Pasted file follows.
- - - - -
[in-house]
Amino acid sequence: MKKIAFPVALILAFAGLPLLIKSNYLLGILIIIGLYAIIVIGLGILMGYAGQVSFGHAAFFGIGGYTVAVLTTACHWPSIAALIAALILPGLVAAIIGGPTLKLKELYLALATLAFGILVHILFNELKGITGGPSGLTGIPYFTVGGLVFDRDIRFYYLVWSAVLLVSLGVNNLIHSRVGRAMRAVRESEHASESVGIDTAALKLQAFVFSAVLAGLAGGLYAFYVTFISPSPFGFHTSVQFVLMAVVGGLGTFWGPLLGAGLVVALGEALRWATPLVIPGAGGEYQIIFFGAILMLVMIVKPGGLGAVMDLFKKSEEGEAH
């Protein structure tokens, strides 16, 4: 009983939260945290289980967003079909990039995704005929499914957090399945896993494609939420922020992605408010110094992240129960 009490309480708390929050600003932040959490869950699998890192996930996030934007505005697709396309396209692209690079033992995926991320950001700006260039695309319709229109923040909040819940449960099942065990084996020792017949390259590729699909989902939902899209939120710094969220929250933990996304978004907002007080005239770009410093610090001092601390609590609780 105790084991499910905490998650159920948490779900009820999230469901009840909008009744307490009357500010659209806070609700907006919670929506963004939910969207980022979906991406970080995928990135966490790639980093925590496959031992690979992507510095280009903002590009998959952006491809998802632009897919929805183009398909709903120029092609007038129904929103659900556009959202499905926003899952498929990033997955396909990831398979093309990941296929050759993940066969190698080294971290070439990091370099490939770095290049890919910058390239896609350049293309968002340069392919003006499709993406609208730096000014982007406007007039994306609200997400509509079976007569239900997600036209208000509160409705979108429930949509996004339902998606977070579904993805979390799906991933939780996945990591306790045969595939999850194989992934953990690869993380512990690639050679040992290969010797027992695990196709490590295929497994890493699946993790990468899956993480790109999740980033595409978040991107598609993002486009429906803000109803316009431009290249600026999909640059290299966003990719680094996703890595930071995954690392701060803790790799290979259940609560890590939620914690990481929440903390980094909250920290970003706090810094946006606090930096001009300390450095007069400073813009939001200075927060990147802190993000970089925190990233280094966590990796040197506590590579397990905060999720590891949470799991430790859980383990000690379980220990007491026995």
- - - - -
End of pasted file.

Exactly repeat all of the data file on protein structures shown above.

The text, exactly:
[in-house]
Amino acid sequence: MKKIAFPVALILAFAGLPLLIKSNYLLGILIIIGLYAIIVIGLGILMGYAGQVSFGHAAFFGIGGYTVAVLTTACHWPSIAALIAALILPGLVAAIIGGPTLKLKELYLALATLAFGILVHILFNELKGITGGPSGLTGIPYFTVGGLVFDRDIRFYYLVWSAVLLVSLGVNNLIHSRVGRAMRAVRESEHASESVGIDTAALKLQAFVFSAVLAGLAGGLYAFYVTFISPSPFGFHTSVQFVLMAVVGGLGTFWGPLLGAGLVVALGEALRWATPLVIPGAGGEYQIIFFGAILMLVMIVKPGGLGAVMDLFKKSEEGEAH
């Protein structure tokens, strides 16, 4: 009983939260945290289980967003079909990039995704005929499914957090399945896993494609939420922020992605408010110094992240129960 009490309480708390929050600003932040959490869950699998890192996930996030934007505005697709396309396209692209690079033992995926991320950001700006260039695309319709229109923040909040819940449960099942065990084996020792017949390259590729699909989902939902899209939120710094969220929250933990996304978004907002007080005239770009410093610090001092601390609590609780 105790084991499910905490998650159920948490779900009820999230469901009840909008009744307490009357500010659209806070609700907006919670929506963004939910969207980022979906991406970080995928990135966490790639980093925590496959031992690979992507510095280009903002590009998959952006491809998802632009897919929805183009398909709903120029092609007038129904929103659900556009959202499905926003899952498929990033997955396909990831398979093309990941296929050759993940066969190698080294971290070439990091370099490939770095290049890919910058390239896609350049293309968002340069392919003006499709993406609208730096000014982007406007007039994306609200997400509509079976007569239900997600036209208000509160409705979108429930949509996004339902998606977070579904993805979390799906991933939780996945990591306790045969595939999850194989992934953990690869993380512990690639050679040992290969010797027992695990196709490590295929497994890493699946993790990468899956993480790109999740980033595409978040991107598609993002486009429906803000109803316009431009290249600026999909640059290299966003990719680094996703890595930071995954690392701060803790790799290979259940609560890590939620914690990481929440903390980094909250920290970003706090810094946006606090930096001009300390450095007069400073813009939001200075927060990147802190993000970089925190990233280094966590990796040197506590590579397990905060999720590891949470799991430790859980383990000690379980220990007491026995």